Okay, nemesis is a bit much. But when you read the piece you'll see how far apart these two judges really are, and how in one case Planned Parenthood v. Casey (and it's appeal) in particular, Alito was the dissent and O'Connor the deciding vote against his position on appeal. And in her writing the Supreme Court's opinion, O'Connor more or less took Alito out to the woodshed.
It seems that Alito took opinions that O'Connor had authored and cherry-picked them for snippets to make his case, implying that O'Connor and the SC would agree/uphold such points. O'Connor in the controlling opinion, pretty much singles out Alito's dissents and rips 'em apart. Here's Saletan:
...And you [Alito] implied that Justice O'Connor, the justice you're planning to replace on this court, would agree with you.
In point of fact, you were wrong about that, weren't you, Judge? I mean, we have the actual answer to that question, because Justice O'Connor, along with Justices Kennedy and Souter, wrote the Supreme Court's controlling opinion in Casey a year after you issued your dissent. And she pretty flatly rebuked you, didn't she? She says the spousal notice provision "is an undue burden, and therefore invalid." Couldn't be any plainer. And in the very next sentence, she addresses those parental notification cases you cited, and here's what she says:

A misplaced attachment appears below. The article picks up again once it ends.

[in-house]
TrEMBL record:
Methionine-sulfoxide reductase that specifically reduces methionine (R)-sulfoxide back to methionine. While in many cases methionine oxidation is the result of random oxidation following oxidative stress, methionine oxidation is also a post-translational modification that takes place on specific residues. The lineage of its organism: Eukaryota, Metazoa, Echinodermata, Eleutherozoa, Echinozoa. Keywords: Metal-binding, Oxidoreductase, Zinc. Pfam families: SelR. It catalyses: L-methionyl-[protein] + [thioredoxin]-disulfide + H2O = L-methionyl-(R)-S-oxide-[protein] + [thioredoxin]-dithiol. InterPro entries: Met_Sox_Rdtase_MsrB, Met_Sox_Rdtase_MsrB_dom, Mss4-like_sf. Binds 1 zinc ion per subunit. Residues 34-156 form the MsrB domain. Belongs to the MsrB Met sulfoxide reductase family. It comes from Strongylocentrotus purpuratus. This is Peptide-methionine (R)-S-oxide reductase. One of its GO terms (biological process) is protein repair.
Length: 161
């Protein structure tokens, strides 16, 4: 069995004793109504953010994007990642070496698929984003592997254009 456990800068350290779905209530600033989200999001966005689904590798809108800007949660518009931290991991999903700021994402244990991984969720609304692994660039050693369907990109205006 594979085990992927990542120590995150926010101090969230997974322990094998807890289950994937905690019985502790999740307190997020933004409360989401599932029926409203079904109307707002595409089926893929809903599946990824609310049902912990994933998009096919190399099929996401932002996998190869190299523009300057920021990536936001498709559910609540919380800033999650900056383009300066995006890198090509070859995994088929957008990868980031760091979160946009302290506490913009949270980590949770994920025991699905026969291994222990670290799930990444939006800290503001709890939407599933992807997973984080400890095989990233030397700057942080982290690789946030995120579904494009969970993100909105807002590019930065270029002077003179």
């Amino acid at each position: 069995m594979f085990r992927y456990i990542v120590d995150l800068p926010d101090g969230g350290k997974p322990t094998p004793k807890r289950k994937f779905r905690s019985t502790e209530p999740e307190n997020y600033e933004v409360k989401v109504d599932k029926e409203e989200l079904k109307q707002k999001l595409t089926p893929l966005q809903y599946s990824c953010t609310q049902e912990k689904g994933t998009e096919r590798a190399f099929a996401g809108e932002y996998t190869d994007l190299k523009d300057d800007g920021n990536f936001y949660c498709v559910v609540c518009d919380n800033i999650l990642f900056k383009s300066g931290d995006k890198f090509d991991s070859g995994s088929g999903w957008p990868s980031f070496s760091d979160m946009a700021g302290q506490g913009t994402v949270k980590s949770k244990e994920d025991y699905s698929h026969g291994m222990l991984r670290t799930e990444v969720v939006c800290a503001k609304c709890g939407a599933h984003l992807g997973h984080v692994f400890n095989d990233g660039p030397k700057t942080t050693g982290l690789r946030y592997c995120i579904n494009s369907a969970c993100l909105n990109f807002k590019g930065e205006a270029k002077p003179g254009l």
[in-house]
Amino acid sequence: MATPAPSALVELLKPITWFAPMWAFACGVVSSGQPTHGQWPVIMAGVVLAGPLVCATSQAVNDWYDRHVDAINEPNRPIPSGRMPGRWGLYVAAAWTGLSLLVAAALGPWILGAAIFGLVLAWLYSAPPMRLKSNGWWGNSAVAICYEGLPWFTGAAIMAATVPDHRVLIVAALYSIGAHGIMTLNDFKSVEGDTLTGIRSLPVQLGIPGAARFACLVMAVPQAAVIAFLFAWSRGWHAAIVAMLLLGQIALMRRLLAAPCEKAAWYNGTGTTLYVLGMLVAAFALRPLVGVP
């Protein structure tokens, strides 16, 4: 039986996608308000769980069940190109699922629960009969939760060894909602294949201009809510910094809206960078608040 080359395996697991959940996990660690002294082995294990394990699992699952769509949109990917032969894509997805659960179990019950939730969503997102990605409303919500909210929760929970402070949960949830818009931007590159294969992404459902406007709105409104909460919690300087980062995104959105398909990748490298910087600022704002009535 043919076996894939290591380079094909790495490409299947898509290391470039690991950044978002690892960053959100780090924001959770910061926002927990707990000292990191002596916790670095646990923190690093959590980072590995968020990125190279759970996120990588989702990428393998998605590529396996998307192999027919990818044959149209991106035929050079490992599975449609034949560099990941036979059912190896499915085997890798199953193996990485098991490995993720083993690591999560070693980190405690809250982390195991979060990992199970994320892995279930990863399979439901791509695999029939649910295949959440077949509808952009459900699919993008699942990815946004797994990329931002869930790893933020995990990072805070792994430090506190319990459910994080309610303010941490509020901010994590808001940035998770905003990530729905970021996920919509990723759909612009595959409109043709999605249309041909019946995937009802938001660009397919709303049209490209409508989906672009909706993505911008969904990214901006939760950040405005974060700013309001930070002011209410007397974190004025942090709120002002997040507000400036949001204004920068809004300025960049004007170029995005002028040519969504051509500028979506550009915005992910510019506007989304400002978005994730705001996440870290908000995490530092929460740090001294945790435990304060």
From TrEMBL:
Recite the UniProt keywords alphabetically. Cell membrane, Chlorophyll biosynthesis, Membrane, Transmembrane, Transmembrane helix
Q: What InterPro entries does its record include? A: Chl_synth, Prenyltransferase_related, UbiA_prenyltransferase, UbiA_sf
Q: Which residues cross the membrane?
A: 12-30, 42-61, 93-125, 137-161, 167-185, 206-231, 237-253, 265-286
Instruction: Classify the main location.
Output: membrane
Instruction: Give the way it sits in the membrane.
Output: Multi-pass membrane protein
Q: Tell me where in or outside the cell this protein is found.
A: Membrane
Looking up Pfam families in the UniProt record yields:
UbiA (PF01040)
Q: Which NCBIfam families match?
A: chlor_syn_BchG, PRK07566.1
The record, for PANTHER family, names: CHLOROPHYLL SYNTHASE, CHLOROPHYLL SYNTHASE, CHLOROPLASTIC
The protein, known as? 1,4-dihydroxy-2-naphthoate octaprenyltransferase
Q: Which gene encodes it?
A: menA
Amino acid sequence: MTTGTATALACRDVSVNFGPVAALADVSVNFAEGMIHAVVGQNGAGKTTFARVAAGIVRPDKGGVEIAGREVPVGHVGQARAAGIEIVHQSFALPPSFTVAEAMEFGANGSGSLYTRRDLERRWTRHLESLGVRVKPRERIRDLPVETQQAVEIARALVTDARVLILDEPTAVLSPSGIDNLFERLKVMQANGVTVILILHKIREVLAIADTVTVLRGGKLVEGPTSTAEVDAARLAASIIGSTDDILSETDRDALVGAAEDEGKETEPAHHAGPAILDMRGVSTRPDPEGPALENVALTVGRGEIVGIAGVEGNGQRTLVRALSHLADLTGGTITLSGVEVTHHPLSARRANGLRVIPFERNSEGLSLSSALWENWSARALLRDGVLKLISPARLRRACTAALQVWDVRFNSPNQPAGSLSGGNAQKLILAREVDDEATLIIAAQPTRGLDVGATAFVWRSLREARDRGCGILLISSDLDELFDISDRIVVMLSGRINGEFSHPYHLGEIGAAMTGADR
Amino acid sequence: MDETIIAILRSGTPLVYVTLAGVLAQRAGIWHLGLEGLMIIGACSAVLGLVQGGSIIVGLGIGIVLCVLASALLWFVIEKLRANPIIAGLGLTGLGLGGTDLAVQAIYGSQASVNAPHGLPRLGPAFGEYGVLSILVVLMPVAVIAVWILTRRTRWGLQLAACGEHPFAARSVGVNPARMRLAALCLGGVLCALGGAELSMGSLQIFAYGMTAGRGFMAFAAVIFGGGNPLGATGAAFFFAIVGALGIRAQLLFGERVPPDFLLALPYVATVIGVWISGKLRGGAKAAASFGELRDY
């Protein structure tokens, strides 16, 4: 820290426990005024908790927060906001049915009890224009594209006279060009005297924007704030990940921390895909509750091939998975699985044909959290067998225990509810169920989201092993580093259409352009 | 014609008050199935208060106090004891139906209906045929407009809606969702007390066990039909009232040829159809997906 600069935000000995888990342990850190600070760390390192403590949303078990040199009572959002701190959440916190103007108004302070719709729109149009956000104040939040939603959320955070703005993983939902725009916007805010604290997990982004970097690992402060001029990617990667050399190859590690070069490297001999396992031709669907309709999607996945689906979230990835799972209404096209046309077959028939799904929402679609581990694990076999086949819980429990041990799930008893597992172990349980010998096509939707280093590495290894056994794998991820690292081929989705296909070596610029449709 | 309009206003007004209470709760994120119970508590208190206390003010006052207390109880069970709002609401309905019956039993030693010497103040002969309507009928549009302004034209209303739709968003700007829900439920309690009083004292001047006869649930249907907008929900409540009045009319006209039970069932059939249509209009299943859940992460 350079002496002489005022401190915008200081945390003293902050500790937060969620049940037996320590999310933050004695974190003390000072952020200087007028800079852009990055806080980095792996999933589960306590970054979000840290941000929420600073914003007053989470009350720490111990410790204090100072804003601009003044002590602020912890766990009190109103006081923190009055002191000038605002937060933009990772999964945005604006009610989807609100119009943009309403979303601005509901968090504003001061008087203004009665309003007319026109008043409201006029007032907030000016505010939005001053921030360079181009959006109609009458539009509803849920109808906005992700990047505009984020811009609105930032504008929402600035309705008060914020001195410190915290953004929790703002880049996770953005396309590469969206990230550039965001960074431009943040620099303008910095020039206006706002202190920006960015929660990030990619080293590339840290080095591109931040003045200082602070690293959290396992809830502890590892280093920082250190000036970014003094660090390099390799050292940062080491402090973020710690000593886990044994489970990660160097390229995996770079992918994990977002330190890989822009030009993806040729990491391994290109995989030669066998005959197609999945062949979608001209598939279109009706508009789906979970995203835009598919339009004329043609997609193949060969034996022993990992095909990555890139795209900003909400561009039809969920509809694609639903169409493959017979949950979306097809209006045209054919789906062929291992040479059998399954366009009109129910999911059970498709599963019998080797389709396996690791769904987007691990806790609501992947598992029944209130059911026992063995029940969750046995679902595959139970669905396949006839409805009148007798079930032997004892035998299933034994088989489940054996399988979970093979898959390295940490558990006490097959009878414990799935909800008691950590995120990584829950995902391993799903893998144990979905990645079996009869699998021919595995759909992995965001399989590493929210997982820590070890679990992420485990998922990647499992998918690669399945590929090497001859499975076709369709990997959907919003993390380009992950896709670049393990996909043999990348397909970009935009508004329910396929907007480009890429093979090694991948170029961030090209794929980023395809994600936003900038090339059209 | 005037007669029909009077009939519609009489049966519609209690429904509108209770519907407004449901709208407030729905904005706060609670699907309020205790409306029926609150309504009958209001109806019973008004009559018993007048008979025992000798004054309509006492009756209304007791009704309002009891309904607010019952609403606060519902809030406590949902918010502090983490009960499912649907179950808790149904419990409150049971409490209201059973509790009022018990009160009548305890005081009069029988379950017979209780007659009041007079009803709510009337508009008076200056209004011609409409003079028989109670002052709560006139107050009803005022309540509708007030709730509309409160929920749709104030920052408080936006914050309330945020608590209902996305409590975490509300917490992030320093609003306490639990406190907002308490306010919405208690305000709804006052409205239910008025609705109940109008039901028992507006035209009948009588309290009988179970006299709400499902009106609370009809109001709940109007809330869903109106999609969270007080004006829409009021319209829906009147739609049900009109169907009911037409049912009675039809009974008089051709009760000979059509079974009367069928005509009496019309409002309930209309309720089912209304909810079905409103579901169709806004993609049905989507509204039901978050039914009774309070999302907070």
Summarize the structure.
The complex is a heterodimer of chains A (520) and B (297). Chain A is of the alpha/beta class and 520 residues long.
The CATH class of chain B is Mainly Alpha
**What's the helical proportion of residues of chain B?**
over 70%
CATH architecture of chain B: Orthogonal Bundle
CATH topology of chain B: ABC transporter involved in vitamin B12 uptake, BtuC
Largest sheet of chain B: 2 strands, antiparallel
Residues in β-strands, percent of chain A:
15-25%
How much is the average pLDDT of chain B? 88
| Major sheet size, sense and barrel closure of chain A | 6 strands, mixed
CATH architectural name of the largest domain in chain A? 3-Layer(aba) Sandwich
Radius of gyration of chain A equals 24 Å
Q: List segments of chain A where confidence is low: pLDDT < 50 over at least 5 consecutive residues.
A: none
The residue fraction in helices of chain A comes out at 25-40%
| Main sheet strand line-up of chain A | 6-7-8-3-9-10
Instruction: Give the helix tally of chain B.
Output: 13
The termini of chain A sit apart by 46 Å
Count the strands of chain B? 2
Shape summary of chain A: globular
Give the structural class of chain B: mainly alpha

Those enactments, and our judgment that they are constitutional, are based on the quite reasonable assumption that minors will benefit from consultation with their parents and that children will often not realize that their parents have their best interests at heart. We cannot adopt a parallel assumption about adult women.
And here she is a bit later, talking specifically about the provision you voted to uphold:
The husband's interest in the life of the child his wife is carrying does not permit the State to empower him with this troubling degree of authority over his wife. … A husband has no enforceable right to require a wife to advise him before she exercises her personal choices. … A State may not give to a man the kind of dominion over his wife that parents exercise over their children.
That's kind of a slap there, isn't it, Judge? All that stuff you wrote about the woman not being sufficiently informed to make the decision without her husband's help—not being competent, evidently, to decide whether consulting him was a good idea—Justice O'Connor pretty much whacked that one out of the park, didn't she? And the same for your point about the husband's interest in the fetus—"Does not permit the State to empower him with this troubling degree of authority," she says. That's pretty clear, isn't it?
As Saletan makes clear, the object of the game for guys like Alito is to erect as many obstacles as possible in front of a woman seeking an abortion, while clearing a path for maximum interference by the man (or the state). Alito really is, through the very judicial activism the right supposedly abhors, trying to relegate wives to the same role as children in relation to their husbands.
Read the whole thing as it's a fascinating look into the ways in which the right has tried to use the government to weasel it's way into a family's most personal matters every chance they can — Parental notification, both-parent parental notification, spousal notification, etc...